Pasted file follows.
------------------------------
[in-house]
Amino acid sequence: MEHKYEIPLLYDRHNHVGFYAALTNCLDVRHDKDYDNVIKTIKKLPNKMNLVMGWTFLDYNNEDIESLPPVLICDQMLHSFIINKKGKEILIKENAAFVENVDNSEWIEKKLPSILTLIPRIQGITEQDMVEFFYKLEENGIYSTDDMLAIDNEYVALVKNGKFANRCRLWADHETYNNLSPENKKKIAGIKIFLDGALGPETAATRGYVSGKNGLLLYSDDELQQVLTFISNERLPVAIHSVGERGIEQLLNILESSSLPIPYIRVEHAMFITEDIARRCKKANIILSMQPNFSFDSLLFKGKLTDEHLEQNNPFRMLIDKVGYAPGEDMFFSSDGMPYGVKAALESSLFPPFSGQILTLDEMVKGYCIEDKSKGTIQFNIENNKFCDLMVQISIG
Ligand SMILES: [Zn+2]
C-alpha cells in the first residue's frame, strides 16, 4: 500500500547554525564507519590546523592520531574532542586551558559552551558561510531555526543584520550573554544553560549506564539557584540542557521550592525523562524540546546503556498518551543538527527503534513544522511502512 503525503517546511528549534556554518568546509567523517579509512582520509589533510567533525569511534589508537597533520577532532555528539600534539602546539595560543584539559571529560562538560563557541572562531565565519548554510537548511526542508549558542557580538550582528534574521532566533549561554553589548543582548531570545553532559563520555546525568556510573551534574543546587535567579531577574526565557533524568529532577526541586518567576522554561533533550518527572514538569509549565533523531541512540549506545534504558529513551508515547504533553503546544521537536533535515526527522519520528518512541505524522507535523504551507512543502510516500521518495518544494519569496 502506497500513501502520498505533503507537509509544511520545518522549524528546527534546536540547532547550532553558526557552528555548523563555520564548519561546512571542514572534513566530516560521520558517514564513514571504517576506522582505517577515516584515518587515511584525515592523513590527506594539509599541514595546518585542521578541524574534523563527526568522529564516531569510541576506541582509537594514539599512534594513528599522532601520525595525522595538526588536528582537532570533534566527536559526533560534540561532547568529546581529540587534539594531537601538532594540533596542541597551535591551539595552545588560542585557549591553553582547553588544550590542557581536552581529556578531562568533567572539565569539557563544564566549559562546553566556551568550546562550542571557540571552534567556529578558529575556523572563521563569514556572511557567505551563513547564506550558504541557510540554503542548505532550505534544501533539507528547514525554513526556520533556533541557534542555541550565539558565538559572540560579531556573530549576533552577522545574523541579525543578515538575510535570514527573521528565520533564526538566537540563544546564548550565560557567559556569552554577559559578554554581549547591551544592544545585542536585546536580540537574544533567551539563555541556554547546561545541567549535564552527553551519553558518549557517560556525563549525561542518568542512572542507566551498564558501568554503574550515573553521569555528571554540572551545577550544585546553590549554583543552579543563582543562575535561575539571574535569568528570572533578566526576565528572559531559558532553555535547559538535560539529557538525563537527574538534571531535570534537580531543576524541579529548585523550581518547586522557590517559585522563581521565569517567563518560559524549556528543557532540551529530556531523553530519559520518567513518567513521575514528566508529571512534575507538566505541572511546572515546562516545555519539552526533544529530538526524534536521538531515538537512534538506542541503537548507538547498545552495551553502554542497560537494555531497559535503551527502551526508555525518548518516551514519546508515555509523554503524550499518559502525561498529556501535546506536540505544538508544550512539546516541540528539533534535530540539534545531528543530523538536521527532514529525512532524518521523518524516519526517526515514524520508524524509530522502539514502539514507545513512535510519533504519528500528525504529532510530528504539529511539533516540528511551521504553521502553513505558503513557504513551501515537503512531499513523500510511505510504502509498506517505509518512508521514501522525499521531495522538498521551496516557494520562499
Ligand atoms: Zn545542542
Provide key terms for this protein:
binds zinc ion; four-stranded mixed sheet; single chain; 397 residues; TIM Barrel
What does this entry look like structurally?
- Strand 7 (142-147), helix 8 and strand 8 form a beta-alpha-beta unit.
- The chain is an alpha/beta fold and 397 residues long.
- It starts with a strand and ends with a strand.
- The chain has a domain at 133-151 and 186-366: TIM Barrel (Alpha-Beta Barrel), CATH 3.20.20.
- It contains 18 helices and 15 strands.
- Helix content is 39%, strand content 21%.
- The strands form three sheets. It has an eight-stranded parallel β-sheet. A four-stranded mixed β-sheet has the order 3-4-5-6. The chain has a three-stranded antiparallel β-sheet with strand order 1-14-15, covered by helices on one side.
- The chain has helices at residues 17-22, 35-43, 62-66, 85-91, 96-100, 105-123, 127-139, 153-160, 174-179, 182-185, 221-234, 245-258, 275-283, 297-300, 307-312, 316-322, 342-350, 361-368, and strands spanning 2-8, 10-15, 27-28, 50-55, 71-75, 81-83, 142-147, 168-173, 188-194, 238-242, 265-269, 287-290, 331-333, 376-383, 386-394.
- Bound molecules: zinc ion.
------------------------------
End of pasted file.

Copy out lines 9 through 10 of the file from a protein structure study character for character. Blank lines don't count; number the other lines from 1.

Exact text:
- Strand 7 (142-147), helix 8 and strand 8 form a beta-alpha-beta unit.
- The chain is an alpha/beta fold and 397 residues long.